Off the Record: Hanging Hancock out to dry

off the record Matt Hancock inflation staff
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OTR delves into the shark bowl that’s Conservative party politics, explains why inflation represents such a threat to our industry and why it took 45-minutes to just get a pint in a pub.

 

INFLATION IS A CURSE ON OUR INDUSTRY

There’s been a lot of speculation concerning a possible rise in inflation brought about by a combination of increased costs of raw materials, a container shortage and the spend, spend, spend mentality being adopted by the British population after months of being forced to stay at home.

Add to this some wage inflation and its quite a concerning scenario for everyone but especially for those of us in the AGC business.

When every other business suffers a hike in prices they can pass it on to their customers either in full or in part: when it happens to us we are left having to ‘suck it up’ on the basis that we cannot increase the price of play on our gaming machines.

Inflation is therefore a major concern as any additional costs come off the bottom line.

I’m anticipating cost increases for my equipment which will coincide no doubt with an uplift in utilities, repayments for the bounce back loans, wage increases including the new minimum wage level and whatever the Gambling Commission can get away with.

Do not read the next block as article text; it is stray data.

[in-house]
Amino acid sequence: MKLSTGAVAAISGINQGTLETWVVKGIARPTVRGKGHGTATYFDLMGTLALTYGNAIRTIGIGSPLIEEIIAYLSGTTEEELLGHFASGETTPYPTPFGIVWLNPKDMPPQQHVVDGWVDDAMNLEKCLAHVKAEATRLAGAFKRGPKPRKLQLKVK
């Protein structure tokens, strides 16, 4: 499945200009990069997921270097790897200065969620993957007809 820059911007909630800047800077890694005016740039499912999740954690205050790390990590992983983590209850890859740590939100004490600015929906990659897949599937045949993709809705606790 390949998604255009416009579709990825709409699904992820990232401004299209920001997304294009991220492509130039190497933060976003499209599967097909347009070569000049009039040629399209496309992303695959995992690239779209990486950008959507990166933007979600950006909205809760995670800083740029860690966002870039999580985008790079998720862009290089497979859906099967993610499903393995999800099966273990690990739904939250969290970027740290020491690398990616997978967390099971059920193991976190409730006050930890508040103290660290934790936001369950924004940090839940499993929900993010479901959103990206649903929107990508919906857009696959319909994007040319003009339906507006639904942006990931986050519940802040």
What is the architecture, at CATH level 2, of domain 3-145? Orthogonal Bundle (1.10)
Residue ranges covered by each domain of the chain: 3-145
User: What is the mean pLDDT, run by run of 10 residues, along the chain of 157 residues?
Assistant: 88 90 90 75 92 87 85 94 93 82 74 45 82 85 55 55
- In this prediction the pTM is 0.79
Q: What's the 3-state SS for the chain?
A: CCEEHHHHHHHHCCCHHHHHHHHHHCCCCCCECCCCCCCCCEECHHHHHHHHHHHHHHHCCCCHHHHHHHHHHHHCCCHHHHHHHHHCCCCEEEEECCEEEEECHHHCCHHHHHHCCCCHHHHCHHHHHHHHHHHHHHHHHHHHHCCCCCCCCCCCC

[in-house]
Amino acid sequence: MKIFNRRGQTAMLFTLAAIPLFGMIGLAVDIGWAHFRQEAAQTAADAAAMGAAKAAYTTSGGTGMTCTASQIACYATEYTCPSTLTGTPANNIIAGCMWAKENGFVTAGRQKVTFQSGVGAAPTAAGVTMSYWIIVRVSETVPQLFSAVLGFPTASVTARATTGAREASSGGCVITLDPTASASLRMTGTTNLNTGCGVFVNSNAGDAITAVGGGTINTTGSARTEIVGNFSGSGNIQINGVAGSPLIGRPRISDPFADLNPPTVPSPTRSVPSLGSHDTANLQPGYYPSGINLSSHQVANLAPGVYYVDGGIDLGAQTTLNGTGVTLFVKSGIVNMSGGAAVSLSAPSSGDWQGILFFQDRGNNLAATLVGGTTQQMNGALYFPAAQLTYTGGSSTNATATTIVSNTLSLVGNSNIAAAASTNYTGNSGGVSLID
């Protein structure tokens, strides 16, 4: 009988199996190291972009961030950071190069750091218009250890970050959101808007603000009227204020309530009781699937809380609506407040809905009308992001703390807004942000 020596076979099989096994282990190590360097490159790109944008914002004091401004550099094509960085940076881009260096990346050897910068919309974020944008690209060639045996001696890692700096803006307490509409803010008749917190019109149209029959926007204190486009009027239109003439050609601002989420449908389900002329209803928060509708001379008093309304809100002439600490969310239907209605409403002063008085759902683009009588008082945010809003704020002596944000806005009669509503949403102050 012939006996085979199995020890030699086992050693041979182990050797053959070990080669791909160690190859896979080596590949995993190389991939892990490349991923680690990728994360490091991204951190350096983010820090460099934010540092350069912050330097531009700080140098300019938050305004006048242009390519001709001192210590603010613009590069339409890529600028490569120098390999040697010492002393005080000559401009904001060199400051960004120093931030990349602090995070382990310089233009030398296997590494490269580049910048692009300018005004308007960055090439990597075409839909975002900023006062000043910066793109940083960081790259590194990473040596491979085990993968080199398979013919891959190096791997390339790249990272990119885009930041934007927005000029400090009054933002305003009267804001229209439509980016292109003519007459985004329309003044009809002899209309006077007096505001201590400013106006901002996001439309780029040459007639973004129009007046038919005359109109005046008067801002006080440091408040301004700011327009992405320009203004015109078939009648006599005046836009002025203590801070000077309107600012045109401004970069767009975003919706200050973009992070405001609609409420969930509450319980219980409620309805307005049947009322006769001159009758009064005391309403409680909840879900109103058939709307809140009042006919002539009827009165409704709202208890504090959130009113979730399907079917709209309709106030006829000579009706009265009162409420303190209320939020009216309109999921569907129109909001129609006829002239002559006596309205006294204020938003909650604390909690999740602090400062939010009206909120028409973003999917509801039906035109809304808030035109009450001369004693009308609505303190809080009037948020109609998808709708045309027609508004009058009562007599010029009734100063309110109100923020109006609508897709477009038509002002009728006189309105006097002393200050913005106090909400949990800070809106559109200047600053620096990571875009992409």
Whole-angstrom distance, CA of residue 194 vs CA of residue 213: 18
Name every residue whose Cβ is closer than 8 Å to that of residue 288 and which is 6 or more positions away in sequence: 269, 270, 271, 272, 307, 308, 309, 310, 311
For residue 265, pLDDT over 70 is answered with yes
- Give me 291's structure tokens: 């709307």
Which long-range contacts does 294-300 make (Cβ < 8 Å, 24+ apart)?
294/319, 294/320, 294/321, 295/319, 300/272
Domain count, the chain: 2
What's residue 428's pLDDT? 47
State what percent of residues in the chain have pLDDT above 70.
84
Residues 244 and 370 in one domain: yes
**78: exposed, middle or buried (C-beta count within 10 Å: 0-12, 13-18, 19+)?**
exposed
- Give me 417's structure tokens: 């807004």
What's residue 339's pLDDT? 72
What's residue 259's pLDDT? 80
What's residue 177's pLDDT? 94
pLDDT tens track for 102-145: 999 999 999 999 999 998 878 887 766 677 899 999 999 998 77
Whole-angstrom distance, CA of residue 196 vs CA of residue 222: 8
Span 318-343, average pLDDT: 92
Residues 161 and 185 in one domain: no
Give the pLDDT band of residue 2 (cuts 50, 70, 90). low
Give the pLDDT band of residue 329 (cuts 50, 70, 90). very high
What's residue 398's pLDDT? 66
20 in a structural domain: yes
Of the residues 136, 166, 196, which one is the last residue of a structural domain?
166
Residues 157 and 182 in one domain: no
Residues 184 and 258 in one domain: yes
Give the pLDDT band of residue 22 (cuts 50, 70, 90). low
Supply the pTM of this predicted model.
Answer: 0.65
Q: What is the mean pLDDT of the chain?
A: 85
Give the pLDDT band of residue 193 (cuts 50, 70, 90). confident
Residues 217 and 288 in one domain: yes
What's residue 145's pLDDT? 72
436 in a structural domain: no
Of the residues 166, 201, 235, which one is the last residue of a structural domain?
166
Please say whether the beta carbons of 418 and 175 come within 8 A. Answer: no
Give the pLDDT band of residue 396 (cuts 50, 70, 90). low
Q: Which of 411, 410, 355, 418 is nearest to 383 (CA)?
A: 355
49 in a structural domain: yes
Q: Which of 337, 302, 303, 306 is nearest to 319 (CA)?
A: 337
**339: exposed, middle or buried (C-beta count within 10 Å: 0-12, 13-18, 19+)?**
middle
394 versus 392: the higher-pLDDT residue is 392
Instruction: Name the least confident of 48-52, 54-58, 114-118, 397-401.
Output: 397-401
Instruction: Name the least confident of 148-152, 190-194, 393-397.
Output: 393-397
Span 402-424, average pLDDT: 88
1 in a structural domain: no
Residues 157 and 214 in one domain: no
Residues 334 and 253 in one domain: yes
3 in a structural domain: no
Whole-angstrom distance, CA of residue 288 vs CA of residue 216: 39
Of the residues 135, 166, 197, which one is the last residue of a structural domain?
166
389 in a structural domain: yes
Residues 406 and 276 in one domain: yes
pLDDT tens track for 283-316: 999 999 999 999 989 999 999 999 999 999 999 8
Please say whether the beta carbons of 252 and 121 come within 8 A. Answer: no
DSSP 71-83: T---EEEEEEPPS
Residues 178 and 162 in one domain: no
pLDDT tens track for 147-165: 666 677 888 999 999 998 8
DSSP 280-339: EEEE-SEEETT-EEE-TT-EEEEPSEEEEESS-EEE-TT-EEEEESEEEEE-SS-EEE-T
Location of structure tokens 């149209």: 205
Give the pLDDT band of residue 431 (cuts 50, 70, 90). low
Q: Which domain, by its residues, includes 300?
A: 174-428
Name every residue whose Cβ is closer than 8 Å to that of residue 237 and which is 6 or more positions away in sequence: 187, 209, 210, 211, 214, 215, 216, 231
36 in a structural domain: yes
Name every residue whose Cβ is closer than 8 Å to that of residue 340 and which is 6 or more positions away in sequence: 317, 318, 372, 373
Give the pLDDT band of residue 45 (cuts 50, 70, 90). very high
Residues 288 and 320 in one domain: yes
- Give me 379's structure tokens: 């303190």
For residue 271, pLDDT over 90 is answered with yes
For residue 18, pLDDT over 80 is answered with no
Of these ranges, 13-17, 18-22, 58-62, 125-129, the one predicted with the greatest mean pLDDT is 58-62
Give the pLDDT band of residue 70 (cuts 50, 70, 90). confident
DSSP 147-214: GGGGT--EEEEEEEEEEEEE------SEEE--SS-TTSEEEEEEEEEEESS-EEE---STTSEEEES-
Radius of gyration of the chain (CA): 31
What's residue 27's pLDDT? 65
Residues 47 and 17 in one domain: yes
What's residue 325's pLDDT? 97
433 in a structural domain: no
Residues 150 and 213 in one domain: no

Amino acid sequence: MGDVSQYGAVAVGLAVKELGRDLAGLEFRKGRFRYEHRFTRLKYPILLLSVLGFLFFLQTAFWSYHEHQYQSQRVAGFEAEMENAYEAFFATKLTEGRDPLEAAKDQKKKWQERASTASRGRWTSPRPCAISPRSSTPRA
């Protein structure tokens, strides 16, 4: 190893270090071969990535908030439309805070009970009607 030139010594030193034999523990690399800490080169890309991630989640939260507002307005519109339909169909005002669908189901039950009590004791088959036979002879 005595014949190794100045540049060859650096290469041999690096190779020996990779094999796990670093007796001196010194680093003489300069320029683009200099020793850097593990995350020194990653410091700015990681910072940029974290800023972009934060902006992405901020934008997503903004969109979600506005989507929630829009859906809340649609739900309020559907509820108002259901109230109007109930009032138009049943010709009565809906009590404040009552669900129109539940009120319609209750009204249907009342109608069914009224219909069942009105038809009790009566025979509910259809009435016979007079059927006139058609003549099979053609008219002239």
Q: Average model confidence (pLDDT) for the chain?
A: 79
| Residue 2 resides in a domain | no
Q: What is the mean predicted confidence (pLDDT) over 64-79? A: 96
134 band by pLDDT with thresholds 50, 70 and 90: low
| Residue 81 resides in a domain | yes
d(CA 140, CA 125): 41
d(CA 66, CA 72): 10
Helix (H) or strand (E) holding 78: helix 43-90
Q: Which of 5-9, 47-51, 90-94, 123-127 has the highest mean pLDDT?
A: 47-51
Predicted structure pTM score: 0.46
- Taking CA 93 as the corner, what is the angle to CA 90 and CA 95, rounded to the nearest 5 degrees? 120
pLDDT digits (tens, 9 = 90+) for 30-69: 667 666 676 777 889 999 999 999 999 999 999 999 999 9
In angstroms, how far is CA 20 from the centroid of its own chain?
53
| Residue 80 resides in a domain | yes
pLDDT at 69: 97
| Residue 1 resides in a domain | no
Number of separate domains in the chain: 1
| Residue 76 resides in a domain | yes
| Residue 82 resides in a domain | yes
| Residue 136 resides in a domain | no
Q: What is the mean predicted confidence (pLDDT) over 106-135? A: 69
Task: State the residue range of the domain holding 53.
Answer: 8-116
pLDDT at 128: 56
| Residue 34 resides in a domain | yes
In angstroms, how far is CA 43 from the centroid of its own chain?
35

On the basis that we’ve missed ten months of income an uptick in the rate of inflation is the very last thing that my business needs and if at all possible, the government should avoid.

YOU CAN’T GET THE STAFF – LITERALLY

I read that nearly 1 in 4 of hospitality workers pre-Brexit were from EU countries a figure that went up to 70 percent of those in London and the South East. Recruitment is a massive concern and I know of arcade owners who have lost their entire workforce through a combination of people returning to their home countries and staff finding new work doing fewer more sociable hours.

While this is more of a problem for restaurants and pubs – incidentally, I was left waiting 45-minutes to be served a drink in a pub earlier this week due to ‘staff shortages’ – it still impacts our business. I’m recruiting in the next couple of weeks and I’m dreading it.